Controversy and academia go hand-in-hand. Universities have long been the incubators of difficult conversations and the epicenter of groundbreaking revolution in thought. Throw in thousands of young people who are still in the throes of self-discovery, developing their world views, and therein lies the perfect recipe for perpetual angst. For this reason, nearly every campus has a weekly rendition of activism with some group or another marching, protesting, rallying, or “speaking truth to power” regarding any number of issues.
So, it should come as little surprise that Lee University, the flagship Church of God academic institution, has a controversy brewing. The source of this controversy is somewhat surprising to many, but there are others who believe they felt the tell-tale tremors of a coming quake long before the current bruhaha was underway.
There is no need for rehashing the controversy. Those that wish to learn more can find a basic recap here.
In recent days, social media has filled with Lee alum, State Administrative Bishops, and other church leaders speaking their words of affirmation for Dr. Walker and his stance through similarly worded messaging shared on their personal pages.
One widely circulated quote has been attributed to Church of God Executive Councilman Travis Johnson. The original source of the approaching-viral post was not public. However, Pastor Johnson confirmed his authorship with me prior to publication.
As with all controversies, the dust will soon settle, and the news cycle, even in a town the size of Cleveland, TN will move on. Yet, we are left with some questions that must be answered.
Why were the comment sections of videos and posts flooded with “LGBT affirming” alumni and students?
Lee University, while important to the Church of God, is not a major force with tens of thousands of students. This controversy has not been covered by major market mainstream media. So, that could lead us to believe that the majority of these comments were coming from legitimate Lee students and their families, friends, and acquaintances. Thus, many of these individuals would likely be Church of God members or attenders. That raises concern. In the Church of God, has a weakness been revealed regarding teaching our children and teens a Biblical worldview? Perhaps, but maybe there is more to it.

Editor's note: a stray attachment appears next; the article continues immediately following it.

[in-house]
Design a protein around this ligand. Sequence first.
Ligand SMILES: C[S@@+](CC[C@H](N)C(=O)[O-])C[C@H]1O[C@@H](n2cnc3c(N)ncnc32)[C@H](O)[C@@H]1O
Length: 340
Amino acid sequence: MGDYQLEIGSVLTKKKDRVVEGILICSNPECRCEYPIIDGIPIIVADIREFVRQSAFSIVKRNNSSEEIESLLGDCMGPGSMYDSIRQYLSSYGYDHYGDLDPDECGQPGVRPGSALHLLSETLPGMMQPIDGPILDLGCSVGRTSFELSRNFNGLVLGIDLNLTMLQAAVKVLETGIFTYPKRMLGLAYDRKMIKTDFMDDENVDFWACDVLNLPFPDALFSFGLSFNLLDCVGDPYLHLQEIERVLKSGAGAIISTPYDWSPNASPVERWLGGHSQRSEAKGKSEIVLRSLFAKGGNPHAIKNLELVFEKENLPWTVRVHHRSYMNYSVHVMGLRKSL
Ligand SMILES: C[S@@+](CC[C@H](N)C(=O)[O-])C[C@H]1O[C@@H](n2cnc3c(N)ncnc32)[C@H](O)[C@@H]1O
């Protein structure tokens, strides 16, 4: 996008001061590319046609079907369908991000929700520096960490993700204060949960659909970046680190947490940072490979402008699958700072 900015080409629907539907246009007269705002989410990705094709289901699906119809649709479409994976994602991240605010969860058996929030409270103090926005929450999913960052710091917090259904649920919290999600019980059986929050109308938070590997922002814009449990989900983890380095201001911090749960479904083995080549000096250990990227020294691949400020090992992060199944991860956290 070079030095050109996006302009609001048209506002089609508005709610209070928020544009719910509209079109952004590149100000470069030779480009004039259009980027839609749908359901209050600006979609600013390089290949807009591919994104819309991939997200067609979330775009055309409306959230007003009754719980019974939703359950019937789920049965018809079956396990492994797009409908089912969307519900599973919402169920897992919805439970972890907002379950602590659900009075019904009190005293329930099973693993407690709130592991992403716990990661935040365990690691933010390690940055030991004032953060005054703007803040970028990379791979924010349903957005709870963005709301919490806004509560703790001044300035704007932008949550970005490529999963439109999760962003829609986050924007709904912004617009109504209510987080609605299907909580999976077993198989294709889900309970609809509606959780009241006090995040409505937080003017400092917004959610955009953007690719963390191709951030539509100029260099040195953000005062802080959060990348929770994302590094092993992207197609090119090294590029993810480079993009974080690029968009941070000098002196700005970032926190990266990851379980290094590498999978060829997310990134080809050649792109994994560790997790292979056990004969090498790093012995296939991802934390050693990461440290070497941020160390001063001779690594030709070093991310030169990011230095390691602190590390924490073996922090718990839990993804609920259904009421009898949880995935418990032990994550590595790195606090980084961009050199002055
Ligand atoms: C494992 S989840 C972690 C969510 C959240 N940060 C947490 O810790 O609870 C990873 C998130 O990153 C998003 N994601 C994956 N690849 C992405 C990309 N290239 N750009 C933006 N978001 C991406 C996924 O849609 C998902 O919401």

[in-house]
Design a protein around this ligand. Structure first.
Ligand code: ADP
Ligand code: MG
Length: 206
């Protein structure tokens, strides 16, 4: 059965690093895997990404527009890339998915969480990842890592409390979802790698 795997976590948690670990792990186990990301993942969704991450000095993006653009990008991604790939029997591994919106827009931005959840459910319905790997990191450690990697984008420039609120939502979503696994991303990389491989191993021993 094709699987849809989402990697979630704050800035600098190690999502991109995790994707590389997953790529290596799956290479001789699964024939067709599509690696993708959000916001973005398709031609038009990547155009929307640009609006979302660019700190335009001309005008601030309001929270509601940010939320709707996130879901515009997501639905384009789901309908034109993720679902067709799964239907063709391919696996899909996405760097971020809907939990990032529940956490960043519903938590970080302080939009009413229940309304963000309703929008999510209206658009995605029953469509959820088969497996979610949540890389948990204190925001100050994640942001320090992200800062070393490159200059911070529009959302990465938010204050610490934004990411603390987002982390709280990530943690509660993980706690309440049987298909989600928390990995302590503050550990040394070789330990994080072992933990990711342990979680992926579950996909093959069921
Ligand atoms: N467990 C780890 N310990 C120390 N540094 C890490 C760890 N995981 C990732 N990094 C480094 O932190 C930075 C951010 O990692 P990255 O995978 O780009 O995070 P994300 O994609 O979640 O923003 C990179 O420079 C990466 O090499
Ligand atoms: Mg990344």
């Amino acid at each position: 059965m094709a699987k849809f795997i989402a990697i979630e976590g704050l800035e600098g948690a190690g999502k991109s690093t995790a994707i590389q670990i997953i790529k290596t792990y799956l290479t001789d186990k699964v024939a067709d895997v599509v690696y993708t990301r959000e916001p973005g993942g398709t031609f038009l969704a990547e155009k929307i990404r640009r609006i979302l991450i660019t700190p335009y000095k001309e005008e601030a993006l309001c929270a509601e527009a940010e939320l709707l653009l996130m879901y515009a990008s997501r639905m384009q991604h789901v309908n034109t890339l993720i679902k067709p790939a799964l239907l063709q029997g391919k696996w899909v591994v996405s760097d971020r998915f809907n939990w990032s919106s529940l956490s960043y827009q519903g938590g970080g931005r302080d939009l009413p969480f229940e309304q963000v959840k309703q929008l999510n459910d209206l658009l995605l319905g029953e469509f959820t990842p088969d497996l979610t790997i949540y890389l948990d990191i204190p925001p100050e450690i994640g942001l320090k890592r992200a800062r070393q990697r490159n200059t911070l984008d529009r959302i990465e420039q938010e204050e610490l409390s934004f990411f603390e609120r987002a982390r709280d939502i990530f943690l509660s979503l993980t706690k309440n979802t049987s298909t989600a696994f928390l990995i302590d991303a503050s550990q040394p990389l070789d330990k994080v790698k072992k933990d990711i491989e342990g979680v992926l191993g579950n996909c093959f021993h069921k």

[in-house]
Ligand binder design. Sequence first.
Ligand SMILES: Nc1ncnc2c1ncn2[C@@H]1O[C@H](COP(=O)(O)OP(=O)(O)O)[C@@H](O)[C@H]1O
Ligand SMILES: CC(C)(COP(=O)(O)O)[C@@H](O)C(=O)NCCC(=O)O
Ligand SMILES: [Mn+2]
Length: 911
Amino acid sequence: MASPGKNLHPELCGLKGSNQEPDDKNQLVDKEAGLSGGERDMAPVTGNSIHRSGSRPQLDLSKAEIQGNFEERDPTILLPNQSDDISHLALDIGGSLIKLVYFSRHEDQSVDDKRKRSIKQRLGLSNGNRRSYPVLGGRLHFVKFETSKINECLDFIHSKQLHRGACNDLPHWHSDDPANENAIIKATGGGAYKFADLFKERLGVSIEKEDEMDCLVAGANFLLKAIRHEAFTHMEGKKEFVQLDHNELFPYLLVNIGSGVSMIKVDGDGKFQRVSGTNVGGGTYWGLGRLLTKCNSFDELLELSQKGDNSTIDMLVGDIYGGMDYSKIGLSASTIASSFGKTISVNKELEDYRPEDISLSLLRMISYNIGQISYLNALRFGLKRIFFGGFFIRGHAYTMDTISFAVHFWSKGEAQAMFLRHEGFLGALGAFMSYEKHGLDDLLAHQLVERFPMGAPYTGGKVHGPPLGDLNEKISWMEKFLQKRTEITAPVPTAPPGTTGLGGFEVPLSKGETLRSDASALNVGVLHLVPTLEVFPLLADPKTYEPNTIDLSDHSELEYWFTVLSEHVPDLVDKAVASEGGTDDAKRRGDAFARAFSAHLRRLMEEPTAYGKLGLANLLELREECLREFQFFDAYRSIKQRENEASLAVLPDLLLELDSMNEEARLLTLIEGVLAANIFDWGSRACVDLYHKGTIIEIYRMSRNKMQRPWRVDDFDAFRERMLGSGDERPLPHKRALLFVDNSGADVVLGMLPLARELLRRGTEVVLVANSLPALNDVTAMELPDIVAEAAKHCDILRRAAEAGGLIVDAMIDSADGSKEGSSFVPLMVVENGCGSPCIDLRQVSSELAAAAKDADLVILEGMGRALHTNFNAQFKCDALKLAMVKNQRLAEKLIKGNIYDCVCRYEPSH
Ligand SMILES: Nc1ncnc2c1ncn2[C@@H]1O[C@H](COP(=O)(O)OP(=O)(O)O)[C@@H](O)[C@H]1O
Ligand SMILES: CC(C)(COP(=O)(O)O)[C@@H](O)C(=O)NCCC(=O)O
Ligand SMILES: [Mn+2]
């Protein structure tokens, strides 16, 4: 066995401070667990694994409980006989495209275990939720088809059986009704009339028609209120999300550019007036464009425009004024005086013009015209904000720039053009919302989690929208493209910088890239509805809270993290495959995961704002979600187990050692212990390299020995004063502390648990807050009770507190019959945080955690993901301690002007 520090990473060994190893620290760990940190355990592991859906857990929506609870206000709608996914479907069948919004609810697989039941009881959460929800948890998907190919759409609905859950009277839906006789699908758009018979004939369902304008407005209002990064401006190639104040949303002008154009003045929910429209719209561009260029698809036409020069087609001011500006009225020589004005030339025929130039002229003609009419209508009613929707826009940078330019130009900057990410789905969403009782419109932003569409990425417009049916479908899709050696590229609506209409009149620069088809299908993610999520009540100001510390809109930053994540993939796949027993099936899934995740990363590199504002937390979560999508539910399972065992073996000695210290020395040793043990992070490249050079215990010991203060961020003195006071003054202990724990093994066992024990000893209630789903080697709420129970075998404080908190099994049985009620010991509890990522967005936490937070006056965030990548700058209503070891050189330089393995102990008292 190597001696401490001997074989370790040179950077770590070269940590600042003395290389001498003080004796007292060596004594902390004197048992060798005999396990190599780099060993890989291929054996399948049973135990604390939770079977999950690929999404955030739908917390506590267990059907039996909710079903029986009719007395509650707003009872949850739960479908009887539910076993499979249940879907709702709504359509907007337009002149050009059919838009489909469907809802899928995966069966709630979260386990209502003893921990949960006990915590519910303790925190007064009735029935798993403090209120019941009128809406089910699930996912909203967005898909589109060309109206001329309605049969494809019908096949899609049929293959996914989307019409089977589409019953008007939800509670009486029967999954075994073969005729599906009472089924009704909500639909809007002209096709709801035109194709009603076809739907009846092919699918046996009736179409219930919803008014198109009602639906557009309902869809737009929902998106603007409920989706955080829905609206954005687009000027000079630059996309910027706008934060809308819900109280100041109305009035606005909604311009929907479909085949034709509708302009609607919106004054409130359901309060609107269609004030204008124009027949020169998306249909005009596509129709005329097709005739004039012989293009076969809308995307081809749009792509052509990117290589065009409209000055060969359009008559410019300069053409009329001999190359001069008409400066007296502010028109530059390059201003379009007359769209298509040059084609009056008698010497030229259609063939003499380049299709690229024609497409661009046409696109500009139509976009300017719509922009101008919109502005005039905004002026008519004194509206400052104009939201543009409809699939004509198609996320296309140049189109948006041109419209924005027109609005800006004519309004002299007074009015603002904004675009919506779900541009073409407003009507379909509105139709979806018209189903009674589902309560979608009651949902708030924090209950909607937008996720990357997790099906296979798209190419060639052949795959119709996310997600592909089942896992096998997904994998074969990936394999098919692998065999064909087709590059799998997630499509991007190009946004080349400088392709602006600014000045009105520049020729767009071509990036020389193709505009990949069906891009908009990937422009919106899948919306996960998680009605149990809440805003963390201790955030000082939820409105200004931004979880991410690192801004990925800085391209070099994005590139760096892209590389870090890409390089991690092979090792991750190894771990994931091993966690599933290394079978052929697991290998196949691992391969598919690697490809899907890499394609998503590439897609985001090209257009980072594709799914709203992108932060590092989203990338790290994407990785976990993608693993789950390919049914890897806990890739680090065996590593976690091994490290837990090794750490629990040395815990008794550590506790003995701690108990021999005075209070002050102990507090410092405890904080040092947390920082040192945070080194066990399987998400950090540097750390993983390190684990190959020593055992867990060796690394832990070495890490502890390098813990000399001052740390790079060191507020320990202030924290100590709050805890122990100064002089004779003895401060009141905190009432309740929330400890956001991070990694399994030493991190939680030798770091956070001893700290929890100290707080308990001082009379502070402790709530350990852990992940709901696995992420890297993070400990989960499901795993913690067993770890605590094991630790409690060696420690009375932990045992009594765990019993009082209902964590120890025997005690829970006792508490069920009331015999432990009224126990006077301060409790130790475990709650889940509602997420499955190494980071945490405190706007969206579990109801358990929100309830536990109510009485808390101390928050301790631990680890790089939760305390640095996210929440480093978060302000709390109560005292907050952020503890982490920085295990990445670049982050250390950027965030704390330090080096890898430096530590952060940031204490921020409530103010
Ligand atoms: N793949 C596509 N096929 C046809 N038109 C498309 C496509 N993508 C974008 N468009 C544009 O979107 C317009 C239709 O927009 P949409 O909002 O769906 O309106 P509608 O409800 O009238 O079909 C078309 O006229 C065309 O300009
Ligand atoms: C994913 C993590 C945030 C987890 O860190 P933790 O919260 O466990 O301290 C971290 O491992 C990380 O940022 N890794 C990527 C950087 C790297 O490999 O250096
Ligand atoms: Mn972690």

Before we pass judgment on hundreds of local church staff and volunteers, we should remember that what we are hearing from these students and alumni is a far cry from what most Church of God congregations are teaching. In addition, many Lee students do not come from Church of God, or similar, congregations.
Why, at an institutional level, does this controversy even exist?
Breaking news, water is wet. No controversy, simply essential characteristic. Church of God congregations and clergy are overwhelmingly social conservatives. Church of God doctrine, teachings, and official position papers are overwhelmingly socially conservative. So, why would this even be seen as controversial at the denomination’s education flagship? Our position is clear. This, should be a non issue and Dr. Walker’s response should have overwhelming support from the denomination and from the staff and faculty of Lee.
Are Lee Faculty members in support of Dr. Walker’s response?
We have seen the support from Church of God ministers and denominational administrators, but they are not the ones who are educating our young people at Lee. That honor and responsibility falls directly upon the Lee University faculty. So, where do they stand? Are they in full support of Dr. Walker’s response? Some, who are very vocal on many social issues, have fallen silent during this time. Perhaps, they are gathering facts or maybe they have given up social media for Lent. However, it is important to know where Lee University Faculty members stand on the issue of repentance and affirmation of individuals not their choices.
Are Lee Faculty members promoting ideology that is not congruent with Church of God doctrine?
The leading question raised the issue of the worldview of our young people. The second question reminded us that Church of God ministers and congregations are overwhelmingly social conservatives. Therefore, from where does this “progressive Christian” worldview originate in the minds of Lee students? Are Lee Faculty members, either in the classroom or out, affirming LGBT Christianity, gender fluidity, or other “progressive” ideals?
What course of action can be taken to protect Lee from “progressive Christianity”?
If it is found that Lee faculty are promoting ideology that is in opposition to what the Church of God teaches, what sort of action is to be taken? Should there be policies in place banning the use of gender-fluid pronouns? Should professors and faculty members be asked to sign a statement clarifying their stance on LGBT Christianity, gender fluidity, or other issues? Should there be consequences for faculty that teach or promote unbiblical “progressive” ideas in the classroom? What about promoting LGBT activism, abortion rights, or transgenderism on social media? Should the Church of God General Council call for a review of hiring and employment practices at Lee University? Should the Executive Council call into question funds that are being sent to Lee from the Church of God if the school allows the promotion of ideology that is against Church of God teaching?
What, if anything, should be done to insulate Lee University from a potential, or realized, encroachment of ideals that are antithetical to Church of God teaching and a Biblical worldview?
The last few weeks have led to a few answers and many questions. These questions must be resolved. As goes the academy, so goes the society, or in this case, the Church.
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